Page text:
Rusty At Dusk

Yesterday, while returning from looking at RVs for Diane’s upcoming field season , we stopped at a place that had a small patch of brushy cover around a streambed. It was just past sunset. While we don’t usually like to start hunting Rusty so late, it was either take this opportunity or simply not have her out at all. Diane went to get permission from the property owners, while I got some boots on. Diane indicated that they had said, “Yes”, so I let Rusty out of the van. She popped out and up to the top of the van.

A woman and two young children came over to watch us. As we prepared ourselves, Rusty moved from spot to spot on the van. She may have been looking for an opportunity to steal food, as she had managed to snag a bag of sliced summer sausage from our cooler earlier when I opened it to get a soft drink out. Fortunately, Rusty doesn’t like the taste of summer sausage and Diane was able to retrieve it from her without too much difficulty. Anyway, Rusty was paying attention to our movements in and around the van, which meant that the other people got a nice up-close look at her.

We let Farli, our 12-year-old Vizsla, out of the van. As Farli started to work the small field, Rusty launched off the van and headed for the stream bed. I directed our onlookers’ attention to this, and so they got to see Rusty pitch up, do a wingover, and drop into the streambed. She missed a cottontail there that time, but it was a nice flight.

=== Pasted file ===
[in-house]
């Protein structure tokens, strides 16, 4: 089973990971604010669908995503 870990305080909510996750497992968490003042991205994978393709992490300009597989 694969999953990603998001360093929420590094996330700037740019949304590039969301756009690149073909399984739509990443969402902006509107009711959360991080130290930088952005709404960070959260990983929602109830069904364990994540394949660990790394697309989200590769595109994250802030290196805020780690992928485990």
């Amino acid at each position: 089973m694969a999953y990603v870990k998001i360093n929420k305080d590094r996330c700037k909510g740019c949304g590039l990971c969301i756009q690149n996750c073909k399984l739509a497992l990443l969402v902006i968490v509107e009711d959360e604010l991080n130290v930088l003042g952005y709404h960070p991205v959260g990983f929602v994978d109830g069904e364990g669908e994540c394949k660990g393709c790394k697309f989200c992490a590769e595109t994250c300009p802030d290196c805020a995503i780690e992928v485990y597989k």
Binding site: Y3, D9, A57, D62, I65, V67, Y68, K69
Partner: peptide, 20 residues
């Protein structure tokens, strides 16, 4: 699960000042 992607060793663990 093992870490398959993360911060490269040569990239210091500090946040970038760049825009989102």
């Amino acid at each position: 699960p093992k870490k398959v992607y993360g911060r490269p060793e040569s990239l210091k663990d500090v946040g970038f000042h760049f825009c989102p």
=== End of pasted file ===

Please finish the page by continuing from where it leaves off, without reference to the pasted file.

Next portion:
Rusty had another five flights, connecting with a cottontail on that last one. It was getting pretty dark by that time anyway. I thanked our hosts for letting us hunt there, and answered various questions about Rusty and falconry. Diane had some discussion of things with the children. One of them was a vegetarian, so Diane was explaining that Rusty did not have the option of going vegetarian, that she needed animal prey to survive. That’s probably a tough short lesson to get across. In any case, the people there invited us to come back in the future to let Rusty hunt some more, noting that they have more rabbits and mice than they want around their property.

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Wesley R. Elsberry

Falconer. Interdisciplinary researcher: biology and computer science. Photographer. Husband. Christian. Activist.